The “withdrawal method”, or as it’s colloquially referred to, the “pull and pray” method, has been practiced for millennia, yet many still misunderstand its effectiveness in preventing pregnancies. Let’s break down the details for you.
According to Dr. John Guillebaud, author of “Contraception: Your Questions Answered”, populations, where the withdrawal method is prominently used, have often reported low birth rates. However, despite its historical use, this technique saw a decline in preference with the advent of modern contraceptives.
A study conducted in 2008 by New York’s Guttmacher Institute paints an illuminating picture: when executed correctly, the withdrawal method has a 96% efficiency rate in preventing pregnancies. In comparison, oral contraceptives show a “perfect use” efficacy of 99.7%, and condoms stand at 98%.
But How Do These Methods Measure Up in Real-world Scenarios?
The difference between the effectiveness of condoms and the withdrawal method is a mere 1%. While the pill has an “actual use” success rate of approximately 96%.
So, what accounts for the withdrawal method’s high efficiency? Recent scientific studies highlight that pre-ejaculate rarely contains sperm. On the off chance it does, the sperm are often non-viable. This is because the Cowper’s gland, responsible for producing pre-ejaculate, doesn’t produce sperm. Sperm can only be present in the urethra due to a prior ejaculation. Therefore, if a man has urinated post-ejaculation or a significant amount of time has passed, the withdrawal method can be a reliable contraceptive option.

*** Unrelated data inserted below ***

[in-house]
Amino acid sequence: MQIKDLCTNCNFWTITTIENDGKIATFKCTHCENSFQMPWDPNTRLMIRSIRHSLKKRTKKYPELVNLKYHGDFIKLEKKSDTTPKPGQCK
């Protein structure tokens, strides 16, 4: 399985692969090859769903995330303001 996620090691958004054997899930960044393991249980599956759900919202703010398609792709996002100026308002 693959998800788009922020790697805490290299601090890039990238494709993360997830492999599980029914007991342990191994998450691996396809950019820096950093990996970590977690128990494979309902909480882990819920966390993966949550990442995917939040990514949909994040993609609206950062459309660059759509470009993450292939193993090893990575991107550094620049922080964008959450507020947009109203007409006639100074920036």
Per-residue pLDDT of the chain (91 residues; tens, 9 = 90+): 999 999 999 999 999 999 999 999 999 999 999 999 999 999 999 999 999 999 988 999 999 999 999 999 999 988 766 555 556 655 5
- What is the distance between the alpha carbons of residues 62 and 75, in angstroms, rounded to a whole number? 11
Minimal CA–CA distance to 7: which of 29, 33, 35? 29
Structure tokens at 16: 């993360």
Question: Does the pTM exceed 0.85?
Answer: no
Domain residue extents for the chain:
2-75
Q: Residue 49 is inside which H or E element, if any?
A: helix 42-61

The failure rate with condoms usually stems from instances like breakage. Contrarily, the withdrawal method’s success hinges significantly on the male partner’s ability to “pull out” in time, making its “perfect use” success rate potentially more achievable.
Some additional insights:
- Worldwide, a mere 3% of couples exclusively rely on the withdrawal method. Yet, a staggering 52% of women claim to have used it at some point, with 21% having used it in the past month.
- Historical records indicate the withdrawal method was the primary contraceptive before the Roman Empire. While the Romans opted for more sophisticated methods, the decline of their empire saw a resurgence in the method’s use, especially with Christianity’s stance against contraceptives. It wasn’t until the modern innovations of the 20th century that the method faced competition.
- The earliest reference to the withdrawal method can be traced back to the Torah’s account of Onan, a narrative likely written between 2500 and 1500 BCE.
For a more comprehensive understanding or any other related queries, Isabella Van Der Merve provides a wealth of information on our contact page.